Make Your Drawings Float!
Have you ever wished your drawings would come alive and the stick figures or objects on your paper could move around? What sounds impossible actually is not! In this activity, you will make your drawing move around by letting it float on water. What makes this possible is the interesting chemistry of dry erase markers. These markers are usually used to write on white boards or glass surfaces and can easily be erased to make space for more writing or drawing. It turns out that they are also perfect for doing science, so let's get ready to start the experiment!
- Two shallow trays or plates with a smooth surface
- Dry erase markers (different colors)
- Permanent marker
- Rubbing alcohol
- Paper towel
- Find a work area that can tolerate water spills.
- Fill your cup with room temperature water and set it next to your trays or plates.
- Choose one color of your dry erase markers and make a drawing on your first plate such as a stick figure, a heart, or text.
- Let it dry for a couple of seconds and then use a dry finger to wipe across your drawing.Are you able to wipe the drawing off?
- If the drawing came off, make a new drawing. Otherwise, keep the old one. Then pour just enough water onto your plate to cover the drawing. Wait and observe. If nothing happens, shake the plate a little bit.What happens to the drawing?
- Next, use a permanent marker and make a drawing on the second plate.
- Again, let it dry for a couple of seconds and use a dry finger to wipe across your drawing.Does your drawing disappear once you wipe it with your finger? Why or why not?
- If the drawing came off, make a new drawing. Otherwise, keep the old one. Then pour some water on your plate to cover the drawing. Wait and observe.What happens to the drawing this time? How are your results different from the previous ones? Can you explain your observations?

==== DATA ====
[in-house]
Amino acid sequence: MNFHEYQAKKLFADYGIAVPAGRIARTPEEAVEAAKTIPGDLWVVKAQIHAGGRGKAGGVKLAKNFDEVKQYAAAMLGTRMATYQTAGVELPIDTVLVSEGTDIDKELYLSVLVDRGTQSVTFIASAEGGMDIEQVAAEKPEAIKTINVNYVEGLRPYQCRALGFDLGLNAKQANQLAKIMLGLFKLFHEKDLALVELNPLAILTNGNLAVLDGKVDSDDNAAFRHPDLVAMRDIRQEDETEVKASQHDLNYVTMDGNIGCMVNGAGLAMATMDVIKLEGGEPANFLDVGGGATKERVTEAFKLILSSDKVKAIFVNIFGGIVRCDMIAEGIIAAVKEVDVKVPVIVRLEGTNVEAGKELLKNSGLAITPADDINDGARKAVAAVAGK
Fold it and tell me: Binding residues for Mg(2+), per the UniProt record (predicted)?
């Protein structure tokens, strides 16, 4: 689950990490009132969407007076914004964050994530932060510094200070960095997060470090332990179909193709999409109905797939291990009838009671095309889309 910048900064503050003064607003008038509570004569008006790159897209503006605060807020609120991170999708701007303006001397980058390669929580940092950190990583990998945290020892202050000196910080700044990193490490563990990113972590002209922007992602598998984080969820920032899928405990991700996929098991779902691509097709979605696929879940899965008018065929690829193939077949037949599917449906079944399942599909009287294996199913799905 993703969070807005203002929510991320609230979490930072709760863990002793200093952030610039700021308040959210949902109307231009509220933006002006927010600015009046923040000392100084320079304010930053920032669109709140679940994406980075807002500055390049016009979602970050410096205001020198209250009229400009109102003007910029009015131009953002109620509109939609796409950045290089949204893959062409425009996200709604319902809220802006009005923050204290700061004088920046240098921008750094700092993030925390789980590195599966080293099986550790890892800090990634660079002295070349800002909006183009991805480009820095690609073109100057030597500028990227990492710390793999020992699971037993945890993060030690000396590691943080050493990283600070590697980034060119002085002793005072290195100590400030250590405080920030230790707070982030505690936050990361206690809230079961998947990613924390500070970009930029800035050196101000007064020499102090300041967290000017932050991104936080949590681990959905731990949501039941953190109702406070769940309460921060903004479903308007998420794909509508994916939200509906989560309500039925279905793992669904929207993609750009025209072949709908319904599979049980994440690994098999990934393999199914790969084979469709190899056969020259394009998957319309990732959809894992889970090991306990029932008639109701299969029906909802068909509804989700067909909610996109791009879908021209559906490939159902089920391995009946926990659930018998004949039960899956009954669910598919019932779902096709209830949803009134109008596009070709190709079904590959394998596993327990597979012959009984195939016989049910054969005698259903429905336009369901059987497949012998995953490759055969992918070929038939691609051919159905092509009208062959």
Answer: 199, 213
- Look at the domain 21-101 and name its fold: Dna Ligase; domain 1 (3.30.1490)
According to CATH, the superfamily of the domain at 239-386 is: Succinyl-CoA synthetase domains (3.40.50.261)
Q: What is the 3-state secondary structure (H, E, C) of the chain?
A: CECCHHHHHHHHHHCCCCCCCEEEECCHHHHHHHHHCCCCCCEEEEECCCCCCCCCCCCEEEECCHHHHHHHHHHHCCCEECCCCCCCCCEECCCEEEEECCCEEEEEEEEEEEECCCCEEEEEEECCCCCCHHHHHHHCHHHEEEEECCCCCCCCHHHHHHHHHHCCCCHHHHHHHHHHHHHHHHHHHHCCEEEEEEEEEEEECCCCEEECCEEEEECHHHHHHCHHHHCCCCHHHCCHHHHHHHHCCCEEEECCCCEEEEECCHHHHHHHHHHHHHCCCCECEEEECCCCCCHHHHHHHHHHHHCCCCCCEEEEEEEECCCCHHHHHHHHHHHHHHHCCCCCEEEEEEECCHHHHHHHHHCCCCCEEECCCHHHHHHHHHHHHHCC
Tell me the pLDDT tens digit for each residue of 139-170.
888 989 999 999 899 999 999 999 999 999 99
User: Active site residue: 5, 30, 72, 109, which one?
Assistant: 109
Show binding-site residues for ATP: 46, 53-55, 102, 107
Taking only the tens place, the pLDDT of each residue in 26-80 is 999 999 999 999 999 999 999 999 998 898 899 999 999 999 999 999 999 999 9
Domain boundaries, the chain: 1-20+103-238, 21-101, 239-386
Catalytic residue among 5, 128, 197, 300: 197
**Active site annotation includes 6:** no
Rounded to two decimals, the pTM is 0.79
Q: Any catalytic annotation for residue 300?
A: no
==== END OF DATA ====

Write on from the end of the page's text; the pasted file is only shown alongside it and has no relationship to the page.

Did you get your drawings to float? You should have—but only when using the dry erase marker. When you make your drawing on the surface of a smooth plate or tray, the solvent, or alcohol, that dissolves the ink ingredients will evaporate. This leaves the color pigment and polymer behind on the surface. With both the permanent and dry erase marker, it actually looks like the color is sticking. However, when you wipe across your drawing with your finger, only the drawing that you made with the dry erase marker will disappear. This is because the acrylic polymer resin in the permanent marker makes it stick to the surface, while the oily silicone polymer in the dry erase marker prevents it from sticking.
The fun starts when you pour water on your drawing. You should have observed that your dry erase marker drawing magically detached from the plate and rose to the water's surface. There it was floating and moving as if it were alive! The permanent marker drawing should have remained stuck to the plate. Again, this difference is due to the special polymer in the dry erase marker ink. As this ingredient prevents the ink from attaching to the plate, the water can slip underneath, and as the ink is lighter than water, it can float. However, when you pour rubbing alcohol on your drawings, you should have seen them both slowly dissolve. This is because alcohol is used as the solvent in both markers. Finally, you might have found that dry erase marker ink is not erasable on all surfaces. Porous surfaces are able to soak up ink and even the special "release agent" will not help get them out of your clothes again!